BRIDESHEAD REVISITED (1981)
At the time it was made Brideshead Revisited was the biggest television film project attempted by any company including the BBC, who had considered it, but decided it too hard to make. There was a point where Granada must have been thinking the same.
The television adaptation of Evelyn Waugh's novel was originally conceived as a six-hour serial. In the summer of 1979, Michael Lindsay-Hogg began principal photography on the island of Gozo, where the sequences set in Morocco, Mexico, and Central America were filmed. Shortly after the cast and crew returned to England a technician's strike brought all ITV production to a halt. The cast, all on a tightly organised schedule were scattered as they had other projects lined up and by the time the strike ended, four months later, even Lindsay-Hogg was no longer available. Even in the early stages, when the company had spent £150,000, on Brideshead, Granada's founder Sidney Bernstein tried to stop it as potentially too expensive. Although he was not running Granada by then he tried to bring pressure on his nephew, Alex, to bring a halt the most expensive drama in Granada's history. But Alex stood firm and Brideshead went ahead. Following the strike shooting resumed on 5th November, 1979, under relative novice Charles Sturridge, whose previous experience had been limited to directing episodes of Strangers and Crown Court.
There had been another major development when the producer Derek Granger approached David Plowright suggesting that six hours did not do Waugh's story justice and much of it would need to be eliminated unless they expanded the production to 13 episodes. In response Plowright wrote to Granger telling him "You have proposed props for a sum only fractionally higher that that paid by George III for Buckingham Palace." Granger's response was "My dear David, there is about this piece something of a trembling phosphorence." Plowright agreed and gave the go-ahead. The greatest worry, however, was the availability of Jeremy Irons, who, due to the delay of the strike, was now about to begin shooting The French Lieutenant's Woman. Irons, not unnaturally, would not give up a prestigious opportunity and the feature film could not be delayed. But as luck would have it enough days were negotiated for Irons to return for the shoot of Brideshead to be completed.
The break in filming meant that both the location of Castle Howard and the actor Laurence Olivier, both previously unavailable, could now could be utilized. Olivier's tight schedule meant he had to start filming immediately, but his scenes had not been written yet, and Sturridge and Granger hurried to complete them so the actor would have at least a week to learn his dialogue (while John Mortimer received the writers credit for Brideshead, Valerie Grove's A Voyage Round John Mortimer revealed that his script was never used).
Brideshead Revisited is the story of Army Captain Charles Ryder (Jeremy Irons), who is stationed in the grounds of Brideshead Castle on the Marchmain Estate in Wiltshire during the final days of World War Two. It's a place he knows well having spent many happy years there as a youth. During his stay he recounts the events of his earlier life, reflecting on the passing of an era of decadence and jollity. While at Oxford University, in the 1920s, Charles had struck up a friendship with Sebastian Flyte (Anthony Andrews), the son of Lord Marchmain (Laurence Olivier), a devout Catholic. But at Oxford Sebastian disgraced himself during a drunken escapade by vomiting from the window of Charles's room. By means of an apology, Sebastian was invited (along with a moth-eaten teddy bear called Aloysious) to stay at Brideshead. Here Charles was introduced to Sebastian's loveless family who enjoyed an extravagant lifestyle under the overwhelming power of Catholicism that was exerted over the whole family. The relationship between Charles and Sebastian raised questions about their friendship, and although homosexuality was alluded to it was never overtly explored. Charles eventually moved to France where he married Celia (Jane Asher). But he was slowly drawn back into the lives of the Flyte's and later fell in love with Sebastian's sister, Julia (Diana Quick).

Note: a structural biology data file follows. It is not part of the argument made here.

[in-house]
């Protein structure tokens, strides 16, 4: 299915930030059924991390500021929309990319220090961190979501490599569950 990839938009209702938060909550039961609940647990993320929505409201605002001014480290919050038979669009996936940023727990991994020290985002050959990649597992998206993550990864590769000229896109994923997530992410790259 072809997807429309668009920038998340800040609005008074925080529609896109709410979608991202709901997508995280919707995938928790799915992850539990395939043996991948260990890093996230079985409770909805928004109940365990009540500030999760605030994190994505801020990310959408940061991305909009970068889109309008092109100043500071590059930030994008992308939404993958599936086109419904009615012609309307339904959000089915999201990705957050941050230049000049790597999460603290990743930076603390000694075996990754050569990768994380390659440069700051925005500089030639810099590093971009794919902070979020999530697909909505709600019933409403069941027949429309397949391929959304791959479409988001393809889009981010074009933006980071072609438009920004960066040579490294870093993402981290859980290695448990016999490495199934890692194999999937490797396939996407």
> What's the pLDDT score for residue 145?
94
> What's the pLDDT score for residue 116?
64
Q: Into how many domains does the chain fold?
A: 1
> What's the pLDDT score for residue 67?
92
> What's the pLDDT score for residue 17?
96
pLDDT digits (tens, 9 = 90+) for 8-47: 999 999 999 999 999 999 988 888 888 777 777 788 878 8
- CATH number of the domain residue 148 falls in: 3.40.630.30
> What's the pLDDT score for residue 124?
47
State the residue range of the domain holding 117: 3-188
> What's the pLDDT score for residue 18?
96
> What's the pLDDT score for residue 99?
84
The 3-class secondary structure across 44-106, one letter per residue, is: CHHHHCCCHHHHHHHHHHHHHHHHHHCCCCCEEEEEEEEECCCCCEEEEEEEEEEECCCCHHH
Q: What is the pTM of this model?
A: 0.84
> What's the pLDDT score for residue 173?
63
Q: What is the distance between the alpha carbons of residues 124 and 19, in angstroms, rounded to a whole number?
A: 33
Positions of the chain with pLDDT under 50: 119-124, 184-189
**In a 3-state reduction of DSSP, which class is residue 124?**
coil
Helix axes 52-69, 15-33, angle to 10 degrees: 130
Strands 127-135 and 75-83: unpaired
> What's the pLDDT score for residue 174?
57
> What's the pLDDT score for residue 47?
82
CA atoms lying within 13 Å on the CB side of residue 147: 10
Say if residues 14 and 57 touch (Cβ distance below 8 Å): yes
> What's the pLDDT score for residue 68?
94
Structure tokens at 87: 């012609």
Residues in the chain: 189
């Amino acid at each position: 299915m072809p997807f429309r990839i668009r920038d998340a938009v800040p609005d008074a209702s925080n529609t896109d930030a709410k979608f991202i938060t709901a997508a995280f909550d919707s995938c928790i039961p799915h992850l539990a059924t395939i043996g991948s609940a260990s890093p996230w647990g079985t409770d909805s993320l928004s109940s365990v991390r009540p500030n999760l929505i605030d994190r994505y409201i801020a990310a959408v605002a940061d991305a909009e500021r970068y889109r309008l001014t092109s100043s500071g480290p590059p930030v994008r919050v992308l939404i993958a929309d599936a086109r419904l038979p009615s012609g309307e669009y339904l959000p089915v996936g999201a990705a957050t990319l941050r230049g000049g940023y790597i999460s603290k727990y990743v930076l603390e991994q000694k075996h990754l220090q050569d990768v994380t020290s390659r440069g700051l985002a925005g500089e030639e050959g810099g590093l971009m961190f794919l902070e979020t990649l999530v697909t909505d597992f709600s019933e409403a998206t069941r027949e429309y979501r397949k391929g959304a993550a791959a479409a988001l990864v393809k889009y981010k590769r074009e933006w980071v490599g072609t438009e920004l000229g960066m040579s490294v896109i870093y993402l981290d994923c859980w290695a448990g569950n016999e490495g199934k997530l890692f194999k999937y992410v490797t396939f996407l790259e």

Brideshead Revisited was nominated for six BAFTAS and ultimately won in three categories - Best Drama Series, Best Film Sound and Best Actor for Anthony Andrews. In the USA it received two Golden Globes and an Emmy Award. The series also inspired a tourist boom in Great Britain thanks to its spectacular cinematography which showcased the beauty of Castle Howard and Tatton Park where many of the exterior scenes were shot. Today, along with The Jewel In The Crown, Brideshead is regarded as the finest example of British television.
In his book, "The Dream That Died - The Rise and Fall of ITV", Raymond Fitzwalter writes that the decision to go ahead with the project in spite of rising costs and the other problems the producers had to face could only be taken "in a stable climate with a simple management structure, with trusting colleagues possessing good judgement and common aims, evaluating problems fairly. Later all this would evaporate. "Brideshead was a unique television phenomenon that will never happen again," said (David) Plowright. "We were a company looking for something special. It caught the affection of the nation." Brideshead Revisited sold all around the world, made handsome profits and brought Granada exceptional prestige."
Review: Review: Marc Saul 2010
Sources of reference: The Dream That Died - The Rise and Fall of ITV (2008)